Yeah, I realize that "carbs" is a pretty loose term.  When I use that term, I'm generally referring to insulinogenic carbohydrates - usually (but not always) those with a high glycemic index like bread, pasta, rice, sweets and certain fruits, as well as fructose, which can cause insulin resistance. The carbohydrate in green cruciferous vegetables like broccoli or brussel sprouts is generally bound up in fiber and is less soluble and slower to be released, i.e., less glycemic.  So I don't consider green vegetables to be significant as "carbs".

Aelephant, Yes, I do HEAVY weightlifting, centered around the Olympic Lifts: Clean and Jerk and Snatch.  Given that, how much do you think would be a good amount of carbs/starch to eat?  I am quite confused on this matter.

You'll find as many opinions about the optimal diet for weightlifters as there are weightlifters, I think.  The best advice I've read about this is from Art DeVany and Martin Berkhan.  They advise doing heavy workouts in a fasted state, to maximize fat burning while preserving muscle mass, then waiting at least 30-60 minutes, perhaps even longer before eating a post-workout meal.  Generally the post workout meal should contain a lot of protein (to generate amino acids needed to regenerate muscle tissue).  Because protein does stimulate insulin to some degree, you would think that should be sufficient to stimulate synthesis of muscle tissue.  But Berkhan advocates adding carbohydrates to the post-workout meal or beverage, to further stimulate insulin and drive anabolic growth and recovery. (See his interview with Richard Nikoley).  I agree with him on this point.  There is nothing to fear about occasional spikes of insulin, particularly if you have low basal insulin and good insulin sensitivity so that your muscles will readily take up carbohydrate as glycogen and amino acids as protein.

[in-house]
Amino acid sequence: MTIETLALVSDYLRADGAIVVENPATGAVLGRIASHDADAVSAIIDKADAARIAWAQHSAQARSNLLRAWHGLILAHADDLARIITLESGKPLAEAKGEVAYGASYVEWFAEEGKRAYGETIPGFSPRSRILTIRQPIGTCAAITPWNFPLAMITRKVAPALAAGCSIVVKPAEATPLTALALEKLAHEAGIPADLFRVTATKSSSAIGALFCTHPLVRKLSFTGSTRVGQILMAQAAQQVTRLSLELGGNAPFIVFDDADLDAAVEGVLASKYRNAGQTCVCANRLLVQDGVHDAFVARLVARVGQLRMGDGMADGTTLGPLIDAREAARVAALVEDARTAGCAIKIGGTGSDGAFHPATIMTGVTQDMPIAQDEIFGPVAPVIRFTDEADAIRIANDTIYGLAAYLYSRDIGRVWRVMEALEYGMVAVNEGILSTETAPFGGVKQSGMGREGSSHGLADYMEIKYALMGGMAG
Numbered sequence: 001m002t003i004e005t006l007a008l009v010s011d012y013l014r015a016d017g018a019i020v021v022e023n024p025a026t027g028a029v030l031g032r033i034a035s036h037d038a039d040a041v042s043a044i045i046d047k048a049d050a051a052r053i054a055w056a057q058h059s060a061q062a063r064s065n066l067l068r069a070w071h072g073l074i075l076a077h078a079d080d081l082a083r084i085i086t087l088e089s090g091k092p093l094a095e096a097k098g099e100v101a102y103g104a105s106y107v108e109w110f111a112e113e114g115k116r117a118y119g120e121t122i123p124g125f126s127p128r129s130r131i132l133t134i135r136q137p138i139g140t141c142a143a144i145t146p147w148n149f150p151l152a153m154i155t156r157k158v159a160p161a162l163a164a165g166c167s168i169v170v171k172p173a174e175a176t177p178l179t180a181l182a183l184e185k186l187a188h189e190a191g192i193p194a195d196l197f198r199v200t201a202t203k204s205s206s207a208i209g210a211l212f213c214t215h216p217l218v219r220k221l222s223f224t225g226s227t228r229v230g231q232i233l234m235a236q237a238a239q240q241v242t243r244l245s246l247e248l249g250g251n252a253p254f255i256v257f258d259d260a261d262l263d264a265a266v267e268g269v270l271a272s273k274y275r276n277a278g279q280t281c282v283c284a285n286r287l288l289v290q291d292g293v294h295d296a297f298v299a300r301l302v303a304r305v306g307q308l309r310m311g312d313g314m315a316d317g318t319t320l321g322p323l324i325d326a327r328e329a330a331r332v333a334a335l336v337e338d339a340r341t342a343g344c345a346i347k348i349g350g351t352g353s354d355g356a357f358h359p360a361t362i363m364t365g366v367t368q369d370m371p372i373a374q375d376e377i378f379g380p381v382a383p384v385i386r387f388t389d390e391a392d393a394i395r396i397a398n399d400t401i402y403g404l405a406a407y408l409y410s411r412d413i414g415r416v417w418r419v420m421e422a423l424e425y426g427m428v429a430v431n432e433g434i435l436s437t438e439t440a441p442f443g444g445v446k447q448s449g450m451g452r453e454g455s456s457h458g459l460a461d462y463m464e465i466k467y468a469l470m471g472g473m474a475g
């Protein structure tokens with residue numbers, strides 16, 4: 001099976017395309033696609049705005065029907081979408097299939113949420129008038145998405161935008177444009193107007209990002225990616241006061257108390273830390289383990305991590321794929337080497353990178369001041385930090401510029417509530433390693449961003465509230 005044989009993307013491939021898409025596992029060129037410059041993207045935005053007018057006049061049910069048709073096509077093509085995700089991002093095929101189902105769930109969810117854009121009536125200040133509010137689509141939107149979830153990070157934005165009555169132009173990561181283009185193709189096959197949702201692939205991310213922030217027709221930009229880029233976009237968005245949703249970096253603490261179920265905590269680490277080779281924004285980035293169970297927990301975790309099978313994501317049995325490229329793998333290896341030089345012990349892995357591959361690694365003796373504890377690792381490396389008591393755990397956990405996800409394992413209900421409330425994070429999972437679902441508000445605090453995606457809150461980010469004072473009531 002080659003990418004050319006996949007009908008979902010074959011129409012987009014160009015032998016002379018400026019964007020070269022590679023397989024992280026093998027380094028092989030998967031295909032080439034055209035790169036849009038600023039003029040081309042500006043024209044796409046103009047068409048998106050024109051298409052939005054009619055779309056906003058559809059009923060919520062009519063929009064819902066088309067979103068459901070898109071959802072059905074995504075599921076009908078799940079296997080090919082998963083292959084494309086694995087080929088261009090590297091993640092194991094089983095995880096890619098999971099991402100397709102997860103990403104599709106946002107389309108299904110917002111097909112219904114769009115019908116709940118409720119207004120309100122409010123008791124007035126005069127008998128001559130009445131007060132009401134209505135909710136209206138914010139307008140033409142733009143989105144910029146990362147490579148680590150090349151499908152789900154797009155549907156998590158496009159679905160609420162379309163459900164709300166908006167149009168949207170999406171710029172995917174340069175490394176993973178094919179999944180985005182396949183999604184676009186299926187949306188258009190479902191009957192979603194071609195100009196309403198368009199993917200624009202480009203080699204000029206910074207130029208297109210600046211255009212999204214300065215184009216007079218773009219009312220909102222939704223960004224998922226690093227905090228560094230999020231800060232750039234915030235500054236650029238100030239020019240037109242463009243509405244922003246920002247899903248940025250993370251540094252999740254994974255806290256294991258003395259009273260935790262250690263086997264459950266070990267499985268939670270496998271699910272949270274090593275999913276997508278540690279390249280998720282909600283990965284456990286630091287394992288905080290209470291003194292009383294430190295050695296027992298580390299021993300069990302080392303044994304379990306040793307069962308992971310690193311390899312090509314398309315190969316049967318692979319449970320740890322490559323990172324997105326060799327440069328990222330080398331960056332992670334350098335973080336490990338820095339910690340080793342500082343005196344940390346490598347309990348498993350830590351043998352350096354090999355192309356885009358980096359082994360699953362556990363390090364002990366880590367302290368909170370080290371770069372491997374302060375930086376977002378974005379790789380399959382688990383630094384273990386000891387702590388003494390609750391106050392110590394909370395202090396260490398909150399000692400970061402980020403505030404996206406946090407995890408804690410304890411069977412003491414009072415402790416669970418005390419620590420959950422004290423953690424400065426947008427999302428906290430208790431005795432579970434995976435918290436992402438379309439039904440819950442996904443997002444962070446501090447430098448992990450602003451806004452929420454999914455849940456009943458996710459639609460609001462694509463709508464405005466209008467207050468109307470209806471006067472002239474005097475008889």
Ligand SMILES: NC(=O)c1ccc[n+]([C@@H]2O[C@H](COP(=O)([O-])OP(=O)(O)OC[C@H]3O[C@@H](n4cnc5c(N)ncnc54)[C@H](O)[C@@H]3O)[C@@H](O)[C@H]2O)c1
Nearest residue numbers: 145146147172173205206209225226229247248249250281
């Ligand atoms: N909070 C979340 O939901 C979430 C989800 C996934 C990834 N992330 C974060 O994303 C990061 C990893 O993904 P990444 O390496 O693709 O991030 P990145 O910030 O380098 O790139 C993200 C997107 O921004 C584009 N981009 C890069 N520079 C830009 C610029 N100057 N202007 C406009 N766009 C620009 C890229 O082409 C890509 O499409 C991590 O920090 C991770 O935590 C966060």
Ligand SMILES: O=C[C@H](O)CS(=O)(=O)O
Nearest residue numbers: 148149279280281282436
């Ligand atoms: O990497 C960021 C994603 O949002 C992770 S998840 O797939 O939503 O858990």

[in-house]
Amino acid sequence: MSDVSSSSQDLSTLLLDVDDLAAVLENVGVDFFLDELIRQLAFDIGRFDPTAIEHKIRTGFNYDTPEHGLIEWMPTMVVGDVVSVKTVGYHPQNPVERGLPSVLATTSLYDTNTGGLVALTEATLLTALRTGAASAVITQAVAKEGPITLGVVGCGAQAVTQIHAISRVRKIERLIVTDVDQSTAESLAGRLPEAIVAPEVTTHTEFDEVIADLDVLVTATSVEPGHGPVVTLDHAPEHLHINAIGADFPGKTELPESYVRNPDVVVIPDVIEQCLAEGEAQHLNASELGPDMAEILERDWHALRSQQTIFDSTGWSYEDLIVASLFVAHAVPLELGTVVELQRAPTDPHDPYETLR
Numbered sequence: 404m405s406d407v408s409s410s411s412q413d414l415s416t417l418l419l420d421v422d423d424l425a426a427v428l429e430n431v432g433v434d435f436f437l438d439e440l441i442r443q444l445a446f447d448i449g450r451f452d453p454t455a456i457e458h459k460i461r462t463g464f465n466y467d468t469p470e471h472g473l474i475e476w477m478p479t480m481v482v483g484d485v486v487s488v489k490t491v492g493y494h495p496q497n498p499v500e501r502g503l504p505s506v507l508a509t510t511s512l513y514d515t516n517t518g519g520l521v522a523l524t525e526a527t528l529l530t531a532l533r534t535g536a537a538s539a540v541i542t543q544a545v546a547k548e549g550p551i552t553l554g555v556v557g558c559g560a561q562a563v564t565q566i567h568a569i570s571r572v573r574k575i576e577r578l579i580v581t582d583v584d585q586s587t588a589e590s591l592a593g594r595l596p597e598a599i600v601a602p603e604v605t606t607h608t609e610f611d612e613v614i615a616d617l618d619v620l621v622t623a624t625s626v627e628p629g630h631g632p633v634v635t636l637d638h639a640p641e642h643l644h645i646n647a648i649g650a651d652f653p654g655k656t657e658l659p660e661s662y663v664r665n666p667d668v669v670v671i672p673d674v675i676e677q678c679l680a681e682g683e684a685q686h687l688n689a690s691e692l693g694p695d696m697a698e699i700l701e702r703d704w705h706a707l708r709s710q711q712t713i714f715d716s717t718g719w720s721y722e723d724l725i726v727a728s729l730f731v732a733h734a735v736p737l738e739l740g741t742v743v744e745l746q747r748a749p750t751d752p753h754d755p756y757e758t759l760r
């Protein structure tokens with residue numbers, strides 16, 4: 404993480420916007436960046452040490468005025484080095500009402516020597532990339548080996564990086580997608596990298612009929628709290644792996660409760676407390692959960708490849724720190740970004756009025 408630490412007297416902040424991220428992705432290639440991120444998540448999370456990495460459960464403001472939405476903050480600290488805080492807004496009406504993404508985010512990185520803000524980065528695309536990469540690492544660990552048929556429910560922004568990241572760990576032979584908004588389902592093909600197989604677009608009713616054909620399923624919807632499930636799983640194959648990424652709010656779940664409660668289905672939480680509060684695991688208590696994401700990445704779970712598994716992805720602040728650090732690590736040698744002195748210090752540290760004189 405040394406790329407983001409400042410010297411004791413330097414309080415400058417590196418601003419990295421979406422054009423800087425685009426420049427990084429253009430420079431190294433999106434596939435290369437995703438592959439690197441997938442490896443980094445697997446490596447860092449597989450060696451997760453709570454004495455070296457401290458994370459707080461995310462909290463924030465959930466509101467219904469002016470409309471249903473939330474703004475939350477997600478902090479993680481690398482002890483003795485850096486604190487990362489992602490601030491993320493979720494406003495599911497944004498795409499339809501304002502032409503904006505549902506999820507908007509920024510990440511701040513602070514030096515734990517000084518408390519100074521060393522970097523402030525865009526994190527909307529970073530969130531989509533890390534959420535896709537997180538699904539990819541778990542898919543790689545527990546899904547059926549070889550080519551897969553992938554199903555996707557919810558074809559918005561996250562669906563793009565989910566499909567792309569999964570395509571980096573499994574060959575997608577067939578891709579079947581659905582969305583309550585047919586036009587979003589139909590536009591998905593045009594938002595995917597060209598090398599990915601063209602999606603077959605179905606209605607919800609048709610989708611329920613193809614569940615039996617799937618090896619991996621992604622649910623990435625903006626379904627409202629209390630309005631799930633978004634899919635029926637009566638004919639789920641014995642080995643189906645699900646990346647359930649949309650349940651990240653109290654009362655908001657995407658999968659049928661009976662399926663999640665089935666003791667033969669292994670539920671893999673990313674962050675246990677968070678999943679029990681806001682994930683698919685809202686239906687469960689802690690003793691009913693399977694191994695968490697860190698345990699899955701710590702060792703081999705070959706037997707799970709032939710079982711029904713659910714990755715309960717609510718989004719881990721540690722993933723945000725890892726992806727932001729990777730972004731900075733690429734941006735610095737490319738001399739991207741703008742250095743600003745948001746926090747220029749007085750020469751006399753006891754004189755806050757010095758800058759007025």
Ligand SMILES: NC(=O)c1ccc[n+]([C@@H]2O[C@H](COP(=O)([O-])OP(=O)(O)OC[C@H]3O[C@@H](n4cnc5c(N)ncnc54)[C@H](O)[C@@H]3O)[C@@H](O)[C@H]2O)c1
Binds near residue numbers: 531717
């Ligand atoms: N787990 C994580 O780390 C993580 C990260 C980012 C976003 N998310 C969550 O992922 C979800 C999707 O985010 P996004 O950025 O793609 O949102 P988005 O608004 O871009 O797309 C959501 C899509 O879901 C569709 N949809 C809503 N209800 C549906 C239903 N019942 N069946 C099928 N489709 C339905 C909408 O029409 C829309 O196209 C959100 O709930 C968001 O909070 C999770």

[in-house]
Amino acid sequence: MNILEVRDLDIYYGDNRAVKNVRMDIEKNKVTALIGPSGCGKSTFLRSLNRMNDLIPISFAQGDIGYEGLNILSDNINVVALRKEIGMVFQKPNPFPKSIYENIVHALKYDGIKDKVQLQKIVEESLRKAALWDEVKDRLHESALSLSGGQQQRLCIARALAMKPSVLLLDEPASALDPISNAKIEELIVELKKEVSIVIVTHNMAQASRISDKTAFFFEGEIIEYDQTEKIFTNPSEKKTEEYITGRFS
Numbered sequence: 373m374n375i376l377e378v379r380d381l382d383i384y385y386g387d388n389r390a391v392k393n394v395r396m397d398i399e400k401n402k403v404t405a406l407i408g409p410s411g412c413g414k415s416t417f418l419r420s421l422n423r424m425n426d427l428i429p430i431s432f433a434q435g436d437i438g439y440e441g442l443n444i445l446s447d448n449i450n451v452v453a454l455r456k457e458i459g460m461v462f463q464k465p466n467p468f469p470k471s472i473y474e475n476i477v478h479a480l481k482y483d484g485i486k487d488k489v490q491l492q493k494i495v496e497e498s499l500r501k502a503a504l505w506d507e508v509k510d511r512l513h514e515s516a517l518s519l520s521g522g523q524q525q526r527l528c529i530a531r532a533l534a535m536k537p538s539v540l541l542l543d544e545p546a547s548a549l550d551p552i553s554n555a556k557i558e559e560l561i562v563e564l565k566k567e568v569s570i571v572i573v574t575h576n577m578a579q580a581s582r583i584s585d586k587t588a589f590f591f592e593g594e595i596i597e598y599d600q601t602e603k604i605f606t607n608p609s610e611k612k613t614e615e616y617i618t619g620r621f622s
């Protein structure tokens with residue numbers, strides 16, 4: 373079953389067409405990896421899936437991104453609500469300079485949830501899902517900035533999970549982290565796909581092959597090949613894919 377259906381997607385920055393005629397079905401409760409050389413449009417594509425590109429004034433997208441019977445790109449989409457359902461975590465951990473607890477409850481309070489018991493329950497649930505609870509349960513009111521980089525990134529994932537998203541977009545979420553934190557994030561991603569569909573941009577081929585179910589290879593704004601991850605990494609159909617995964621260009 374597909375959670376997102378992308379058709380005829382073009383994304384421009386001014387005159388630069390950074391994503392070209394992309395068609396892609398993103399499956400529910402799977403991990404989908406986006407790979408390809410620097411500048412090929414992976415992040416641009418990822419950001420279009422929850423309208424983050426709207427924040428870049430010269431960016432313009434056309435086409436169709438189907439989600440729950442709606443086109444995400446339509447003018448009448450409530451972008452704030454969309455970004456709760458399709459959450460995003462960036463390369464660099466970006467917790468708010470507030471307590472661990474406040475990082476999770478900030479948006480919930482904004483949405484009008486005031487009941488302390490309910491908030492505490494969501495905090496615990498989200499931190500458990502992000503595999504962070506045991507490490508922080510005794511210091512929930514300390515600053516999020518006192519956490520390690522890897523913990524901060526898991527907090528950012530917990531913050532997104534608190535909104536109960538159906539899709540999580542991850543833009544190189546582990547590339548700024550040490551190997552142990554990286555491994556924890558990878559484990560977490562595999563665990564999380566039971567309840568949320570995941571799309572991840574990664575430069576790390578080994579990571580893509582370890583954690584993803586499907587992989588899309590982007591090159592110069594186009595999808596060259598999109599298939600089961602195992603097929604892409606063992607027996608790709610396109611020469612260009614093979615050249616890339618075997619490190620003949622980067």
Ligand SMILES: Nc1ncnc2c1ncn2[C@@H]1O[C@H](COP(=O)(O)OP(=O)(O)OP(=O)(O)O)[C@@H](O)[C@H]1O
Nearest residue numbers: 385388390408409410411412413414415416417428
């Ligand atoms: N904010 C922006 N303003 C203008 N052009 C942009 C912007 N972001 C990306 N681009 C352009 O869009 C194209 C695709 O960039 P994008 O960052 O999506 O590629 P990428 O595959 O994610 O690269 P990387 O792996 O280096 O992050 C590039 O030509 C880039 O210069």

« Last Edit: March 25, 2011, 09:10:24 AM by Todd Becker »

Offline aelephant

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Re: Question about Paleo diet
« Reply #7 on: March 25, 2011, 05:28:24 PM »
In addition to the dehydration info Todd has provided, I've read that it could also be from lack of carbohydrates for fuel for the brain. It can take several days for your body to deplete glycogen stores and switch over to ketones, during which time blood sugar would be expected to be extremely low.

There is often a misconception that the body suddenly "switches" from glucose to ketones at some point during low carb or fasting.  It's not all-or-nothing, but rather a shift in ratios.  Even in a ketogenic state, blood sugar is normally controlled quite well.  I've proven this to myself many times.  For example today I'm on Day 3 of a 72-hour fast, and my BG has remained between 79 and 90 the entire time, despite consuming no food at all, only water, herb tea and 2 cups of coffee. I also see constant blood sugar when I switch from eating carbs over to low carb.

True hypoglycemia (BG less than 70) is quite uncommon.  Sometimes a momentary drop in BG will occur, and the rate of decrease (rather than the absolute level) can produce sensations of hunger or lightheadednes. However, it is more likely other metabolic adjustments, including electrolyte balance, dehydration, and transition to lipolysis, that result in the brain fog and dizziness that Thomas experienced.